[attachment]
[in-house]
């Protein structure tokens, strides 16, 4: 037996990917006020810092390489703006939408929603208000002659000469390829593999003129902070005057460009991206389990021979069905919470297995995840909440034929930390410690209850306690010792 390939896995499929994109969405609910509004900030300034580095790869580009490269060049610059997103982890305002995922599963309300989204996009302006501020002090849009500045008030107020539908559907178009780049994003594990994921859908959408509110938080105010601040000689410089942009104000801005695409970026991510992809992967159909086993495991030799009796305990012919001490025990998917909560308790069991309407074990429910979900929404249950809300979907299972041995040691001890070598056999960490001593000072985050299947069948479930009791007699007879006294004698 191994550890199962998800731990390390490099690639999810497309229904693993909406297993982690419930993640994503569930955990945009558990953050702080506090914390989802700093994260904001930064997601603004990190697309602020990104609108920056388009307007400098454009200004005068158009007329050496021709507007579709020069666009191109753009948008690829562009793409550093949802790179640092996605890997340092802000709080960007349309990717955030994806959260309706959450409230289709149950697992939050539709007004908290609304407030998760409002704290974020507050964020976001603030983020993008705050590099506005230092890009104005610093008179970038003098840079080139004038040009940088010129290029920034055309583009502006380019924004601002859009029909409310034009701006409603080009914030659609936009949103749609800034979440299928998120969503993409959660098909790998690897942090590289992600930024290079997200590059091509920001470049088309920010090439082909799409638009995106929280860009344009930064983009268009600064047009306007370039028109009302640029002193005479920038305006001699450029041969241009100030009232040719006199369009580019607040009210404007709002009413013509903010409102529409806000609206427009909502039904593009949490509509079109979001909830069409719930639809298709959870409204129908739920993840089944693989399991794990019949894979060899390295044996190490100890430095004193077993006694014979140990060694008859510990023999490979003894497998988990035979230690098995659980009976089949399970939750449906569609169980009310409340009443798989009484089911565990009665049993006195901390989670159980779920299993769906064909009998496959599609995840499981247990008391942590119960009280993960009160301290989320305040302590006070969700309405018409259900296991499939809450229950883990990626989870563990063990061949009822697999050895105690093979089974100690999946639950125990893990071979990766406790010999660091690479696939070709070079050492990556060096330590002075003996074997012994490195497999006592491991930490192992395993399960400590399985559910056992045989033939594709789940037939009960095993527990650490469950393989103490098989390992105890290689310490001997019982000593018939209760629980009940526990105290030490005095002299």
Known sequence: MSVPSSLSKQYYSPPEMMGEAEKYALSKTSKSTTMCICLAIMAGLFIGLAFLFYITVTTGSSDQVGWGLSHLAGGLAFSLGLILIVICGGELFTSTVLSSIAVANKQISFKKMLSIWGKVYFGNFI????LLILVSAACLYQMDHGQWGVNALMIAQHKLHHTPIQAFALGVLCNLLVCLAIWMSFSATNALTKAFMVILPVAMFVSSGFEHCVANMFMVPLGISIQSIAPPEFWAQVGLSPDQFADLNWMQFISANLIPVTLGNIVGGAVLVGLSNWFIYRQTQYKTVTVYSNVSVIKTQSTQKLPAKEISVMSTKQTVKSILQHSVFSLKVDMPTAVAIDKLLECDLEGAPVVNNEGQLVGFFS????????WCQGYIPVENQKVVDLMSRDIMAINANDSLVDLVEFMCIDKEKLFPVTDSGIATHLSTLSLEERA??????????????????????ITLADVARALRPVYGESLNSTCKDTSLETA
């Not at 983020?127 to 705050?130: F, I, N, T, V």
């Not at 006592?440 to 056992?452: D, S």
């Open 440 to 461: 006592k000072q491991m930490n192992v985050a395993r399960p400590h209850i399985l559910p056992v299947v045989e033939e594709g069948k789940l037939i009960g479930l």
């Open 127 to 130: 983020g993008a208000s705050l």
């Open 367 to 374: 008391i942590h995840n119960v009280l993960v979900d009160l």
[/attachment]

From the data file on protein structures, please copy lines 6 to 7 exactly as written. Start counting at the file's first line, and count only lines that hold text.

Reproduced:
């Open 440 to 461: 006592k000072q491991m930490n192992v985050a395993r399960p400590h209850i399985l559910p056992v299947v045989e033939e594709g069948k789940l037939i009960g479930l």
């Open 127 to 130: 983020g993008a208000s705050l």